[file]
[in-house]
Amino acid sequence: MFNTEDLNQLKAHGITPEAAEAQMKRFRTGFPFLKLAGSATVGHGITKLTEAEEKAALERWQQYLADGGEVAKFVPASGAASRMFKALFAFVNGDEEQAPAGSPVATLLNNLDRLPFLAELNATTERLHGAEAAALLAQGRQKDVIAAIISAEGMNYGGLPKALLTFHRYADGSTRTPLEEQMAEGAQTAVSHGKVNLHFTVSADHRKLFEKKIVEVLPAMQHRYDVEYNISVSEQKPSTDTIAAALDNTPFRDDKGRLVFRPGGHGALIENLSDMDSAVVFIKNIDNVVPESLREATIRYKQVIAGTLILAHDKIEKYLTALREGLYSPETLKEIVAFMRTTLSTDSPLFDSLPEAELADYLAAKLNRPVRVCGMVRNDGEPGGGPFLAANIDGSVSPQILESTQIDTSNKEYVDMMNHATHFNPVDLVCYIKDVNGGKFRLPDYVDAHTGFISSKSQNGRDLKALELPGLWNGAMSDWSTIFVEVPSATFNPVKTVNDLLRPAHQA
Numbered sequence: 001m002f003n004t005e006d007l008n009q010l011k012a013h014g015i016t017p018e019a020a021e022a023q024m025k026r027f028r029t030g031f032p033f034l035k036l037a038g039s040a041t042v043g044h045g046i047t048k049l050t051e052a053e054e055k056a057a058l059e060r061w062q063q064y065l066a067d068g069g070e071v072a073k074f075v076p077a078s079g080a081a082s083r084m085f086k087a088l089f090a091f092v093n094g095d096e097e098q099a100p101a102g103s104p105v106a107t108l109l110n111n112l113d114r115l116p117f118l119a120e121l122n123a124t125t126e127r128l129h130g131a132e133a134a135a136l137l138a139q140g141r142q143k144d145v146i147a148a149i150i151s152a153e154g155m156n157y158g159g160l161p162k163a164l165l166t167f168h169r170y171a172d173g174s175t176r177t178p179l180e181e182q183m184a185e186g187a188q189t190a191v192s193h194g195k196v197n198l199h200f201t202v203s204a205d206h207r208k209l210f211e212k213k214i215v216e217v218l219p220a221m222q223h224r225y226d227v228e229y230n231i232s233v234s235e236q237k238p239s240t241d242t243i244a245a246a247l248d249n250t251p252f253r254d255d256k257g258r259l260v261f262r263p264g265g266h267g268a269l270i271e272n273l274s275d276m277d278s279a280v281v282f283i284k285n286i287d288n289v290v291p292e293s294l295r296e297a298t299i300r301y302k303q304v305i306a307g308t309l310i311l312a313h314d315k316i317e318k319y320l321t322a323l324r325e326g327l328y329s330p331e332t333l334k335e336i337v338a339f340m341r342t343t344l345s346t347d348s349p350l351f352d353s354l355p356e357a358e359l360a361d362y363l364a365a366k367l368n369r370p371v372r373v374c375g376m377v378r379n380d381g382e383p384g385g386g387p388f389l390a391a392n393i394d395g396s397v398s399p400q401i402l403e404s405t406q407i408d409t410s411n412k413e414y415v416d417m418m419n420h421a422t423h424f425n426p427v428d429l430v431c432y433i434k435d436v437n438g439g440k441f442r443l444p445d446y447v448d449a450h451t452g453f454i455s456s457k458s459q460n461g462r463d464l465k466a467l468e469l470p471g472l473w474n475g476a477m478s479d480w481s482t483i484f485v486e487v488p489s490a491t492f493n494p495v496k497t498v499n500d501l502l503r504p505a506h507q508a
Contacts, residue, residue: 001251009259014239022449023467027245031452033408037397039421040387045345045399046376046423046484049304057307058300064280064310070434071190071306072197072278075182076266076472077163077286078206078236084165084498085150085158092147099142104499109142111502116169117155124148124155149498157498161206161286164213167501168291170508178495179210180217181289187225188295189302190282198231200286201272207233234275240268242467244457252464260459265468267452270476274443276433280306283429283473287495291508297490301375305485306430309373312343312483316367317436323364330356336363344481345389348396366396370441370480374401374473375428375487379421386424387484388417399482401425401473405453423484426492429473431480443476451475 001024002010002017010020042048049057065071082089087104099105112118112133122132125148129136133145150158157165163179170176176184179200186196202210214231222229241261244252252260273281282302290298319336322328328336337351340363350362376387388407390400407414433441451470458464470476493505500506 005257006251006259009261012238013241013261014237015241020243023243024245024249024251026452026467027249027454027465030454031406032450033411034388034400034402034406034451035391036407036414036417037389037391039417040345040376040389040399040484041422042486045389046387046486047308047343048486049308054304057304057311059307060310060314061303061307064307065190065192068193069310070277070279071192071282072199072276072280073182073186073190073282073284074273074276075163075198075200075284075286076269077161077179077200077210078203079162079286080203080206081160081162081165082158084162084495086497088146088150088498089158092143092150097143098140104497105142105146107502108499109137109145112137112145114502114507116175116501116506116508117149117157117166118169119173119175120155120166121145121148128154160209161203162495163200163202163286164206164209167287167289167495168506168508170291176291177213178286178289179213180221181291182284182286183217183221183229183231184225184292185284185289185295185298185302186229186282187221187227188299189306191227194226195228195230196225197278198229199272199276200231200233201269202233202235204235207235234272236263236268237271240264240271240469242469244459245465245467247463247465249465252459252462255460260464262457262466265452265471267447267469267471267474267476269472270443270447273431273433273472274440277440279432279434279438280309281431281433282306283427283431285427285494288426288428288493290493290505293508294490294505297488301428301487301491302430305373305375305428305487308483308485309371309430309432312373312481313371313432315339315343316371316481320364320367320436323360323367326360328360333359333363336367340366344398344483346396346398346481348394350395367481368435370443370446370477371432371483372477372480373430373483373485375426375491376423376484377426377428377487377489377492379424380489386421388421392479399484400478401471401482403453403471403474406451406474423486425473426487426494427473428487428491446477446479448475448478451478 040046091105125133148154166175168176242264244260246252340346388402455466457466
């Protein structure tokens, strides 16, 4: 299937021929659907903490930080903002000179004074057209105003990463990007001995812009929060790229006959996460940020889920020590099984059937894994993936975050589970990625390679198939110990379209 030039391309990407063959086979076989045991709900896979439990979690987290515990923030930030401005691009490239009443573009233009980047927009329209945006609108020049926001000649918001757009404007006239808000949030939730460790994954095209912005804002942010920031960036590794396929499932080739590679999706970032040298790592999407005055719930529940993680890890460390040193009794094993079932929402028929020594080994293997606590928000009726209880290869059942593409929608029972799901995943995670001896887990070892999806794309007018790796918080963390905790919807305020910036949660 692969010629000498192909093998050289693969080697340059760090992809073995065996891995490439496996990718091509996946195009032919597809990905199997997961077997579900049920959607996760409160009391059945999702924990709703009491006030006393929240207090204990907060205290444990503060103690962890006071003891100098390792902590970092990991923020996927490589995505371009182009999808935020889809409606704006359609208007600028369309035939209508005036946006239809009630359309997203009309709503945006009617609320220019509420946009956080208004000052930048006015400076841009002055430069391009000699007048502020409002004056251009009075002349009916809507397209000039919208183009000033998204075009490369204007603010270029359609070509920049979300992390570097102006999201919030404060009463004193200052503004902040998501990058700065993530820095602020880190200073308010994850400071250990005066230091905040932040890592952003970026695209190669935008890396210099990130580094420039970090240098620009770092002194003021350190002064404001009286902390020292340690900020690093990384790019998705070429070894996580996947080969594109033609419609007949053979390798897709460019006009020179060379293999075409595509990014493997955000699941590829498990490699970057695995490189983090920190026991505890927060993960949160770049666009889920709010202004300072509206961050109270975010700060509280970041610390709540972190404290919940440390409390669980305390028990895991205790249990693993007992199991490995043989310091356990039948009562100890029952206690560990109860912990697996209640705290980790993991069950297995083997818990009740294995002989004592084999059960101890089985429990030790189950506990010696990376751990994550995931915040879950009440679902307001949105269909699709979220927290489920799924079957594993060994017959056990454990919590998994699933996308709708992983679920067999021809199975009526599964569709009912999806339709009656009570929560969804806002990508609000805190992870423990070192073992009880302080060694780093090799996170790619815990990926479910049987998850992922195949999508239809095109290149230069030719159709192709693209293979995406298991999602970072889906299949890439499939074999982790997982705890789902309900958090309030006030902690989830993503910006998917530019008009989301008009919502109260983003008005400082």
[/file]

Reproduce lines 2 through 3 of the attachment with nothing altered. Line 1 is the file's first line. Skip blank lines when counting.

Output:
Amino acid sequence: MFNTEDLNQLKAHGITPEAAEAQMKRFRTGFPFLKLAGSATVGHGITKLTEAEEKAALERWQQYLADGGEVAKFVPASGAASRMFKALFAFVNGDEEQAPAGSPVATLLNNLDRLPFLAELNATTERLHGAEAAALLAQGRQKDVIAAIISAEGMNYGGLPKALLTFHRYADGSTRTPLEEQMAEGAQTAVSHGKVNLHFTVSADHRKLFEKKIVEVLPAMQHRYDVEYNISVSEQKPSTDTIAAALDNTPFRDDKGRLVFRPGGHGALIENLSDMDSAVVFIKNIDNVVPESLREATIRYKQVIAGTLILAHDKIEKYLTALREGLYSPETLKEIVAFMRTTLSTDSPLFDSLPEAELADYLAAKLNRPVRVCGMVRNDGEPGGGPFLAANIDGSVSPQILESTQIDTSNKEYVDMMNHATHFNPVDLVCYIKDVNGGKFRLPDYVDAHTGFISSKSQNGRDLKALELPGLWNGAMSDWSTIFVEVPSATFNPVKTVNDLLRPAHQA
Numbered sequence: 001m002f003n004t005e006d007l008n009q010l011k012a013h014g015i016t017p018e019a020a021e022a023q024m025k026r027f028r029t030g031f032p033f034l035k036l037a038g039s040a041t042v043g044h045g046i047t048k049l050t051e052a053e054e055k056a057a058l059e060r061w062q063q064y065l066a067d068g069g070e071v072a073k074f075v076p077a078s079g080a081a082s083r084m085f086k087a088l089f090a091f092v093n094g095d096e097e098q099a100p101a102g103s104p105v106a107t108l109l110n111n112l113d114r115l116p117f118l119a120e121l122n123a124t125t126e127r128l129h130g131a132e133a134a135a136l137l138a139q140g141r142q143k144d145v146i147a148a149i150i151s152a153e154g155m156n157y158g159g160l161p162k163a164l165l166t167f168h169r170y171a172d173g174s175t176r177t178p179l180e181e182q183m184a185e186g187a188q189t190a191v192s193h194g195k196v197n198l199h200f201t202v203s204a205d206h207r208k209l210f211e212k213k214i215v216e217v218l219p220a221m222q223h224r225y226d227v228e229y230n231i232s233v234s235e236q237k238p239s240t241d242t243i244a245a246a247l248d249n250t251p252f253r254d255d256k257g258r259l260v261f262r263p264g265g266h267g268a269l270i271e272n273l274s275d276m277d278s279a280v281v282f283i284k285n286i287d288n289v290v291p292e293s294l295r296e297a298t299i300r301y302k303q304v305i306a307g308t309l310i311l312a313h314d315k316i317e318k319y320l321t322a323l324r325e326g327l328y329s330p331e332t333l334k335e336i337v338a339f340m341r342t343t344l345s346t347d348s349p350l351f352d353s354l355p356e357a358e359l360a361d362y363l364a365a366k367l368n369r370p371v372r373v374c375g376m377v378r379n380d381g382e383p384g385g386g387p388f389l390a391a392n393i394d395g396s397v398s399p400q401i402l403e404s405t406q407i408d409t410s411n412k413e414y415v416d417m418m419n420h421a422t423h424f425n426p427v428d429l430v431c432y433i434k435d436v437n438g439g440k441f442r443l444p445d446y447v448d449a450h451t452g453f454i455s456s457k458s459q460n461g462r463d464l465k466a467l468e469l470p471g472l473w474n475g476a477m478s479d480w481s482t483i484f485v486e487v488p489s490a491t492f493n494p495v496k497t498v499n500d501l502l503r504p505a506h507q508a